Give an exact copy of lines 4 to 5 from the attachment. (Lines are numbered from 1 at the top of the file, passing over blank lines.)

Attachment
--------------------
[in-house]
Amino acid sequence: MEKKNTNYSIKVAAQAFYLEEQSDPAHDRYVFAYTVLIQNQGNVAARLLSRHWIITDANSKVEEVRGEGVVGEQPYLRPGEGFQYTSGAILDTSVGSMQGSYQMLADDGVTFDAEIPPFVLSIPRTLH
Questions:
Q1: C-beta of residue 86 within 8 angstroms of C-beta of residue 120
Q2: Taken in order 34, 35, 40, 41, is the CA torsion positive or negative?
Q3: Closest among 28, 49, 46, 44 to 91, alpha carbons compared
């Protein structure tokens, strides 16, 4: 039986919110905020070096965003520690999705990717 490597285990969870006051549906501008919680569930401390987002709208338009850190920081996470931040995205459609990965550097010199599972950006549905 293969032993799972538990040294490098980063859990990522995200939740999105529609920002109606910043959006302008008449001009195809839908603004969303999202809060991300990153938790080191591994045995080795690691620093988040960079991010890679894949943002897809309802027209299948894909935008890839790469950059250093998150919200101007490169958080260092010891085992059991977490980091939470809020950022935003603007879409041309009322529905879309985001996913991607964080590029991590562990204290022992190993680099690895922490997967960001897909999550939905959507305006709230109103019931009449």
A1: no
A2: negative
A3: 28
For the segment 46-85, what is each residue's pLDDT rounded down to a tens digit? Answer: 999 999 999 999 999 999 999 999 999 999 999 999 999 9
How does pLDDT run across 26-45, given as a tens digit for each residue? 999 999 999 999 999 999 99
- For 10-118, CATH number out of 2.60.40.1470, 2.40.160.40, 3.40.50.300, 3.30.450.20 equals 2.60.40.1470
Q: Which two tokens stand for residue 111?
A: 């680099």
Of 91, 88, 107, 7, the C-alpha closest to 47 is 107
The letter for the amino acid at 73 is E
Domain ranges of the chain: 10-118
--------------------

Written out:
Q1: C-beta of residue 86 within 8 angstroms of C-beta of residue 120
Q2: Taken in order 34, 35, 40, 41, is the CA torsion positive or negative?